Who is Econsultancy’s target audience?
Broadly speaking, anyone with an interest in digital marketing and ecommerce. We are a subscription business though, and we want to convert a good proportion of blog visitors into paying customers. For this, digital marketing professionals, and those looking to learn more about digital and ecommerce, are our target audience.
What makes you different from the other outlets in your sector?
We have a keen focus on providing insight into what works and what doesn’t in marketing and ecommerce, rather than the kind of news or opinion you can find on many, many sites.
We’re less interested in, for instance, a new Facebook update as news, but rather what it means for marketers and how they can benefit from it.
This kind of practical, evergreen content is more likely to be useful to our audience, and has a longer shelf life than news.
Are there any instances of particularly bad customer service the website has covered/heard about?
Lots! I don’t want to pick any out (you can find them on the blog anyway) but many companies have a lot to learn in this area. One common problem is slow response time via email and social media – many companies have yet to adapt to customers’ preferences for customer service channels and force them to endure the pain of call queues.
Describe a typical day at work: What are your editorial responsibilities at Econsultancy?
I have a team of three dedicated writers, while others in the company, from the research team for instance, will chip in with posts. I’m responsible for all the articles published on the blog, with help from deputy editor David Moth.
I’ll generally spend a few hours in the morning editing and preparing posts for publication, and dealing with the daily email deluge. This, in theory, leaves me time later in the day to write my own posts, research reports, and to plan content for the coming weeks.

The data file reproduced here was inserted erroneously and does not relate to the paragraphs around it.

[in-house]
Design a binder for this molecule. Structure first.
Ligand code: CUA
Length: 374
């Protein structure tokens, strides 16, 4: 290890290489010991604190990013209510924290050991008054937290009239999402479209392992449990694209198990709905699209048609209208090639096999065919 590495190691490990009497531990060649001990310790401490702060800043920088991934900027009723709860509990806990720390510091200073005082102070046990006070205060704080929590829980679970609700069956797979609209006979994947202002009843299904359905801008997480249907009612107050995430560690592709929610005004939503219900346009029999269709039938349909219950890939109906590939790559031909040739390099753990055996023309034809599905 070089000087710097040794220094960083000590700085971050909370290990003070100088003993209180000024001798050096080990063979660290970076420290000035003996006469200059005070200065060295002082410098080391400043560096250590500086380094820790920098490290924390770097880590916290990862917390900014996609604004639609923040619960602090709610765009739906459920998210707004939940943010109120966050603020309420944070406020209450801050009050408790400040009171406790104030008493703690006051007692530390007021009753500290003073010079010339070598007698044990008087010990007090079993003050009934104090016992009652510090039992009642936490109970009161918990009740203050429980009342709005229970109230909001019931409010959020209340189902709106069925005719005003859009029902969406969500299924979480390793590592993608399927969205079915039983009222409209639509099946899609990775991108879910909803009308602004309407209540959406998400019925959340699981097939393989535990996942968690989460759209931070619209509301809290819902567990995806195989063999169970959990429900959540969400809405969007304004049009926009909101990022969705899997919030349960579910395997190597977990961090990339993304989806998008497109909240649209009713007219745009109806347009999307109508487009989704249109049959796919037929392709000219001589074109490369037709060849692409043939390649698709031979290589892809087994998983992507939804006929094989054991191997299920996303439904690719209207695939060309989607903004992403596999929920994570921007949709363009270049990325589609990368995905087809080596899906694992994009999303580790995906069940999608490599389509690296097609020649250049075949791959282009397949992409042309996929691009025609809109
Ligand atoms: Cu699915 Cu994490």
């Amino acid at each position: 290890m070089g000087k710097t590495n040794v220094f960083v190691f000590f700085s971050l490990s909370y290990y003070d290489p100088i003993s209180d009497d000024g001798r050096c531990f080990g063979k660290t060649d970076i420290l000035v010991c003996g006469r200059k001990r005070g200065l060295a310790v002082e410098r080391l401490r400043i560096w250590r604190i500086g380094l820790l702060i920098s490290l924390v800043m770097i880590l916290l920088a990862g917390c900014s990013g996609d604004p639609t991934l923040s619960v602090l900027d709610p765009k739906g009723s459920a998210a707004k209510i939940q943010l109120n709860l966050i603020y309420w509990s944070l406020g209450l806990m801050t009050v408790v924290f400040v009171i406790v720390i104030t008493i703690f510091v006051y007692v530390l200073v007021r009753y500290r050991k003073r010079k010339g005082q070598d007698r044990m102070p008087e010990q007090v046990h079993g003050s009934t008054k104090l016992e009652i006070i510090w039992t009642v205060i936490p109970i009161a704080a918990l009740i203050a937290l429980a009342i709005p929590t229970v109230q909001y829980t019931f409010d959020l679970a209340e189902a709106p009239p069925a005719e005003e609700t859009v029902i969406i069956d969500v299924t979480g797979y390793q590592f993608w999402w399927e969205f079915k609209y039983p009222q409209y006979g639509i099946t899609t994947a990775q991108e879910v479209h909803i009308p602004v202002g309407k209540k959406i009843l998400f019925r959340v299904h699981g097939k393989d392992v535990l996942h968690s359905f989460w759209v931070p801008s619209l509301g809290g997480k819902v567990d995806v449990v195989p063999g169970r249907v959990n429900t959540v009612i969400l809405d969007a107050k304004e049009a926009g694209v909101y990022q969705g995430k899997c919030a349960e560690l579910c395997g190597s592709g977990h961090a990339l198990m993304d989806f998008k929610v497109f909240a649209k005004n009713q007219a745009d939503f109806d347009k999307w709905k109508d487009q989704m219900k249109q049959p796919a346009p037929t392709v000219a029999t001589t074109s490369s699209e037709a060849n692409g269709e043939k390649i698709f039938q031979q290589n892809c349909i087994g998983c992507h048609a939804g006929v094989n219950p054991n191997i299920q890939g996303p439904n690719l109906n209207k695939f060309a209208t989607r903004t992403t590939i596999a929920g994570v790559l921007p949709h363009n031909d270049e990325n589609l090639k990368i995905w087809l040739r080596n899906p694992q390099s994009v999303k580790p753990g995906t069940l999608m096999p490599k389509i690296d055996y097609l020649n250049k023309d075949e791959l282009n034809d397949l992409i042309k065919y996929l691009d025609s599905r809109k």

Analytics plays a big part, too. While ultimately it’s about producing the best articles we can, there’s a lot you can learn from analysing what works well, best times to publish, and so on. If we are spending time writing useful articles, we need to ensure they do as well as they can.
What interests you most about your job?
This is a great industry to work in. It’s constantly evolving and there’s a lot out there to keep on top of. For example, when I started at Econsultancy, Twitter didn’t exist, MySpace was reckoned to be the next big thing, and there was no such thing as an iPhone. Things change very quickly.
I have a great team and work for a company which values what we do.
Where have you worked previously and what skills have you carried forward to this job?
I have a history degree, have previously worked in customer services, and am also a qualified teacher – this job is much less hassle though. I think you gain something useful from most jobs you do.
How can PRs be useful to you and how should they get in touch?
PRs can be useful, and there are a few who get what we do and know how to approach us. The key for them is that they understand how we work and the kinds of things we are likely to be interested in. Also, how we like to be contacted. In general, we prefer email as we can deal with it when we have time, while phone calls can be a big interruption when you’re trying to write.
I have very little time for PRs who just fire out emails without any attempt to understand our site and what we are looking for. You’d be amazed how many emails we receive that have absolutely nothing to do with digital marketing, then there’s the goddawful sales talk (market leading solutions, leveraging the power of this or that). Those emails will just be ignored.
With all the work you do online, how is your handwriting holding up these days?
It’s rubbish and always has been. I should have been a doctor. Online publishing is perfect for me.
A picture was recently tweeted of the content team ‘adorning hilarious hats’ – does this make for a better working environment? What if the hat is a really tight one?!
Though we are professional when we need to be, we don’t take ourselves too seriously, and I think this environment makes for a happier team.
We sometimes wear silly hats, mess about on Vine, and a lifesize Nic Cage cutout watches us while we work. The beauty is that we can stick this on Twitter and call it ‘social media engagement’ if anyone asks…
People should enjoy their jobs.
So, Greg got his holiday…and you played a major part in that – what do you think Greg should do for the Econsultancy team in return to say thank you?!
It seems Greg is a pretty good guy, and donated the holiday to charity, so I have a lot of respect for him – I’d be tempted by a few days in Vegas. We don’t ask for thanks, we were just having a bit of fun.
Graham can be found tweeting @gcharlton.